Anyway, my Kindle recommended this book to me and I saw that I could borrow it on Prime so I went for it. When I started to read, I was a bit disappointed that it wasn't a true story - not that I would wish these things on anyone, but I have a hard time with Holocaust fiction, I've always felt like it "cheapens" the real thing. I don't know why. But in the end, I was able to r
Jun 27, 2013 rated it really liked it  ·  review of another edition
Recommends it for: Adults
A complex and sometimes hard to understand story of a German Kommandant of a concentration camp and the Jewish prisoner he chooses to be his mistress. Written in an unusual style, it goes between people by the use of one word in a previous statement. Once you understand how it is written you are more able to understand what is going on.
Written in three sections, The Kommandant, the Girl and the History of both, it is a heart wrenching story of a Jewish girl in the concentration camp who is chose
OK, I give up. This is the third time I have tried to read The Kommandant's Mistress and the third time I couldn't get through to the end. Nothing to do with the artistic merits of the book, which are considerable. Szeman uses her training as a poet (widely published, won lots of award) to inform the structure of her prose. She takes one word toward the end of each brief passage and using it to start a new passage, moving from past to present to distant past, from the concentration camp to the W ...more
John Dolan
Oct 10, 2012 rated it it was amazing  ·  review of another edition
Many books have been written about the Holocaust and there is a danger that at some point desensitisation sets in. But not with this work.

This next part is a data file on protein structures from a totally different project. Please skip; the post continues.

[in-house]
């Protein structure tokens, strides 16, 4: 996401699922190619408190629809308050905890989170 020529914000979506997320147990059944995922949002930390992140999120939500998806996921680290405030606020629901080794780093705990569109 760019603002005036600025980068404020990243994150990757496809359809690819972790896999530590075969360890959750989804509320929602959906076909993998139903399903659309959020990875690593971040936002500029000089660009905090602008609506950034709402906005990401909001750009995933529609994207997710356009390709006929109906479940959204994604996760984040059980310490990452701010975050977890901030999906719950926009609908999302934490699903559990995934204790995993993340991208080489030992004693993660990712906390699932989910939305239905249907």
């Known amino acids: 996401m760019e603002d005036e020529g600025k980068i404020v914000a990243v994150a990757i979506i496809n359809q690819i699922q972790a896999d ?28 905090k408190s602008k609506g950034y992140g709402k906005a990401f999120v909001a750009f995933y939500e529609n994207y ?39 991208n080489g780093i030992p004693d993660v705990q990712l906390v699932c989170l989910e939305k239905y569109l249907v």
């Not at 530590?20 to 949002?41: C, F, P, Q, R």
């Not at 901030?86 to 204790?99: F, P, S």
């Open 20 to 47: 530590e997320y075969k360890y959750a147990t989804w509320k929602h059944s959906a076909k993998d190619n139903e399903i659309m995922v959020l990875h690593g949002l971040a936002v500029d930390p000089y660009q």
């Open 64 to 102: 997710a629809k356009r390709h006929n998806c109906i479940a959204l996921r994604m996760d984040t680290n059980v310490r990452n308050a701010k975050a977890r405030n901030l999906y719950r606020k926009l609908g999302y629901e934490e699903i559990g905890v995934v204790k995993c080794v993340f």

The structure of the novel is unconventional and the narrative flows back and forward over time without any break in the stream of consciousness of the two central characters.

The writing has a `European' feel to it, and stylistically the book read to me like a concatenation of Sartre's 'Roads to Freedom' and Camus' 'The Fall'.

Human, Frighteningly Human

At the h
Aug 26, 2011 rated it liked it  ·  review of another edition
This book confused me. I wanted to see how this writer managed to deal with this kind of relationship. Well, mainly she didn't. The book is told in two perspectives. The first half is the Kommandant's told in flashback after the war (he's on the run as a war criminal) and the second half is the mistress's, also told in flashback after the war. The two halves are so distinctly different that it's almost like they're remembering totally separate events. Also, and interestingly enough, I felt the a ...more
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Award-winning, critically acclaimed author of New York Times Book Review's Notable Book and Kafka Award Winner for "The Outstanding Book of Prose Fiction by an American Woman," The Kommandant's Mistress ( Szeman's True Crime Memoir, M is for Munchers: The Serial Killers Next Door ( empowers abuse victims.

Other books include Onl
More about Alexandria Constantinova Szeman...
“Words make more revolutions than swords. Words cut deeper than knives. Words cut more cleanly, and leave the victim alive.” 0 likes